Using the (time stationary) simulated data from the leaky integrateandfire neurons, we calculated the entries in a contingency table by counting the total number of times each cell fired simultaneously (N
_{11}), the number of times only one of them fired (N
_{10} andN
_{01}), and the number of times when neither cell fired (N
_{00}). The sum of these numbers, using a time bin of 1 ms, was N = 9 × 10^{5}. Given these counts, we calculated the maximum likelihood estimate of ρ and estimated 95% confidence intervals of ρ by data resampling (Efron and Tibshirani 1993). The extracellular correlation coefficientJ_{N}
was calculated according to
Simulation results
Three simulation series, in which the cells had different mean firing rates, were run on the pair of leaky integrateandfire neurons. The joint normal distributions from which excitatory and inhibitory conductances were drawn had means of
In Fig. 3 A, spike crosscorrelation coefficient (J _{ N }) values are shown against actual membrane potential correlation (ρ_{V} ) for simulation series 1 (thick line) and 3 (thin line). The curves are monotonic but strongly nonlinear as expected from the asymmetry in positive and negative bounds of J_{N} . At any one intracellular correlation value, different firing rates may produce different spike crosscorrelations. Similarly, Fig. 3 A shows that the same extracellular correlation coefficient can be produced by different combinations of intracellular membrane correlations and firing rates. These relationships between J_{N} and ρ_{V} are also predicted by our model (seeappenidx).
Figure 3, B–D, illustrates the relation between the tetrachoric correlation coefficient ρ and the membrane voltage correlation ρ_{V} for each of the three simulation series. The points lie very close to the unity line in all cases. Thus the tetrachoric correlation ρ is a very good estimator of the membrane voltage correlation, ρ_{V}. It can be seen that confidence intervals get larger as the membrane voltage correlations become more negative, implying that estimates of negative correlations are less precise than positive correlations; this occurs when simultaneous counts are very small. Simulations yieldingN _{11} = 0 (obtained for large negative values of ρ) were ignored as the tetrachoric correlation cannot be estimated in this situation.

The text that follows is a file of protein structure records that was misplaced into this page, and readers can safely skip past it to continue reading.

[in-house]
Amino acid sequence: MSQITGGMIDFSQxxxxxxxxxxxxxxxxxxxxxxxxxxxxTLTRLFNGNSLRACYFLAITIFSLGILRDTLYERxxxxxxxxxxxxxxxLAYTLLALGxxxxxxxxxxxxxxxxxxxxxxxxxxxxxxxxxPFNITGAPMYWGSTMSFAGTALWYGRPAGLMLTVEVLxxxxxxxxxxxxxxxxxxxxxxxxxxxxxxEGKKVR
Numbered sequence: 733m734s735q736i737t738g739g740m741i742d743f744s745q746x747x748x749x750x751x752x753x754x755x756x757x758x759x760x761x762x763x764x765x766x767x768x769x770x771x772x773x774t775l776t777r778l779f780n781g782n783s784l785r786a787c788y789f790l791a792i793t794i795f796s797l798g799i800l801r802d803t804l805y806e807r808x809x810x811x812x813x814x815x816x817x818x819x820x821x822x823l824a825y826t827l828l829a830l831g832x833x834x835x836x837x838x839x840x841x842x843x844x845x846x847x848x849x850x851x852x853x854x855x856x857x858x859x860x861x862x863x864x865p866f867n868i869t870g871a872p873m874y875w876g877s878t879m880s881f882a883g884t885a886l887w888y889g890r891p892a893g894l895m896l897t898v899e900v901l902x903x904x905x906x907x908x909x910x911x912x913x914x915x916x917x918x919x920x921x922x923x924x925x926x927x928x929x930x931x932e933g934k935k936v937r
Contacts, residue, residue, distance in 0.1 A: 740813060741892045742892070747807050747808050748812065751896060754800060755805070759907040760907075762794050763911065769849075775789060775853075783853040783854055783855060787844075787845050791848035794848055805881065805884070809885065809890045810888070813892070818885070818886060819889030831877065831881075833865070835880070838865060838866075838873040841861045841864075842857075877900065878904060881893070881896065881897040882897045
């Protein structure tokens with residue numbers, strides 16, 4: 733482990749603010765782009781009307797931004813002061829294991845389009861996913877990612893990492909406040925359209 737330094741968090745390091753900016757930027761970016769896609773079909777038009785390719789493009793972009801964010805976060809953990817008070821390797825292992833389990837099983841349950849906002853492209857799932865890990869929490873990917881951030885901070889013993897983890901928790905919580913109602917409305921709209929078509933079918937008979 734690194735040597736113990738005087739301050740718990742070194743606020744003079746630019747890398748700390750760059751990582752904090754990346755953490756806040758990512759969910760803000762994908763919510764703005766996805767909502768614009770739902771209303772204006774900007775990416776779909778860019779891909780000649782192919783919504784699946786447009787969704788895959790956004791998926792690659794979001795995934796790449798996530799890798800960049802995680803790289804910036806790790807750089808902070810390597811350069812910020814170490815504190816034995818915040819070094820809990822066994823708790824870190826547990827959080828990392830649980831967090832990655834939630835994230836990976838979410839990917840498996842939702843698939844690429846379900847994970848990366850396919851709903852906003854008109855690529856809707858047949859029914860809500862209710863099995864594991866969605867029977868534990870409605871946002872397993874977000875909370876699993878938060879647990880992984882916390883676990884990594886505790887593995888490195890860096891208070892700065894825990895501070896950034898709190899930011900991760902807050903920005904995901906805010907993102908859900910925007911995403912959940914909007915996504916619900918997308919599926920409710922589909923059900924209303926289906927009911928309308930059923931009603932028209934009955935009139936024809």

Simulations shown in Fig. 3 were run with Gaussian whitenoise input conductances, and the correlation coefficients were calculated only at zero time lag. We also performed some simulations where the inputs driving the conductance of the model were filtered in various ways. A typical outcome of these simulations is depicted in Fig.4. In this graph, we compare the spike crosscorrelation (ρ_{V}, dotted line), the tetrachoric correlation coefficient with 95% confidence intervals (ρ, thin line), and the membrane potential correlation (J_{N} , thick line). The tetrachoric correlation slightly underestimates the membrane voltage correlation. We suspect these biases may be due to the fact our model is “static” and does not include any dynamics in it. Nevertheless, the tetrachoric analysis captured the overall shape of the temporally dynamic correlation, especially when compared with the spike crosscorrelation (dotted line in Fig. 4), resulting in a good estimate of membrane voltage correlations through time in these more complex cases.
These simulations suggest that, despite its simplicity, the tetrachoric coefficient provides a good estimate of the intracellular correlation in conditions where the assumptions of the model are violated. One clear violation of the model's assumption is that the joint distributions of membrane potentials in the simulated neurons are not Gaussian (Fig. 5). Figure 5, A–D, shows membrane voltage distributions from simulations run with the temporally dynamic conductance inputs as in Fig. 4 (see Simulation results); firing rates were 21.3 and 11.5 spikes/s. Figure 5 A is a density plot of the joint distribution; B is the corresponding contour plot. Figure 5,C and D, shows probability densities for marginal distributions of membrane voltage for cells 1 and 2, respectively. The departure from normality, in both the joint and marginal distributions, is marked. A lilliefors test rejected the null hypothesis of normality for both marginal distributions (P < 0.01). Figure 5,E–H, shows membrane voltage distributions from simulations run with Gaussian whitenoise conductance inputs with correlation 0.8; firing rates were 13.7 and 13.6 spikes/s. Departure from normality is less marked in these data, as the greatest density of points appears to be distributed normally. However, the marginal probability densities are negatively skewed, and a lilliefors test rejected normality for each (P < 0.01). Figure 5, I–L,shows membrane voltage distributions from simulations run with Gaussian whitenoise conductance inputs with correlation –0.8; firing rates were 13.5 and 13.6. Marginal distributions are again skewed, and normality is rejected (P < 0.01).